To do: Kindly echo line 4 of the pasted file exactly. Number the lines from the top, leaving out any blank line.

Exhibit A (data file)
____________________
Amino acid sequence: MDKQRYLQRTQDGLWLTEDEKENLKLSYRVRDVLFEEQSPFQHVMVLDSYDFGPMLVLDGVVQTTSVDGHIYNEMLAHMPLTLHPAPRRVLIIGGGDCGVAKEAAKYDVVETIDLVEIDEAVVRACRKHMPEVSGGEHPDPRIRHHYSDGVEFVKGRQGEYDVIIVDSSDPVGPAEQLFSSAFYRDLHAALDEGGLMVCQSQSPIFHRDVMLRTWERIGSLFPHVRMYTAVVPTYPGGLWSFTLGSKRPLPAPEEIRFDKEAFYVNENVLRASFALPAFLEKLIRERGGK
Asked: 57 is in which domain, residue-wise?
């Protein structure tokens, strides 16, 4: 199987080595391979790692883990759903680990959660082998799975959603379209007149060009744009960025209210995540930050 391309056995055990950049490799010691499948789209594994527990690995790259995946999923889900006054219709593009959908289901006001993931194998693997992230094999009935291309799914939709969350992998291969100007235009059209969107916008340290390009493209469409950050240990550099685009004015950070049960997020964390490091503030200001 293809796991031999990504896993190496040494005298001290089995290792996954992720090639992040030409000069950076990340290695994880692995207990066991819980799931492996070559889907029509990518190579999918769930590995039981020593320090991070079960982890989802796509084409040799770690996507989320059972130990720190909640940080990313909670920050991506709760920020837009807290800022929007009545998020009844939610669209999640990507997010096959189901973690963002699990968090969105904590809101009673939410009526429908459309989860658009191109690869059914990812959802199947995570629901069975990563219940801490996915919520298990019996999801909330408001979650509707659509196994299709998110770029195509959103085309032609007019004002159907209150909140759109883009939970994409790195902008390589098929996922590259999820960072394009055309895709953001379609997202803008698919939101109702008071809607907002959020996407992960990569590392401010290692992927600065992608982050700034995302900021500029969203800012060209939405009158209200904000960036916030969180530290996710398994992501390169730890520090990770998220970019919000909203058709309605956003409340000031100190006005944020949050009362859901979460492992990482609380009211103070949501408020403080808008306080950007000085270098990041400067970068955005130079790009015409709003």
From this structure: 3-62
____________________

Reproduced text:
From this structure: 3-62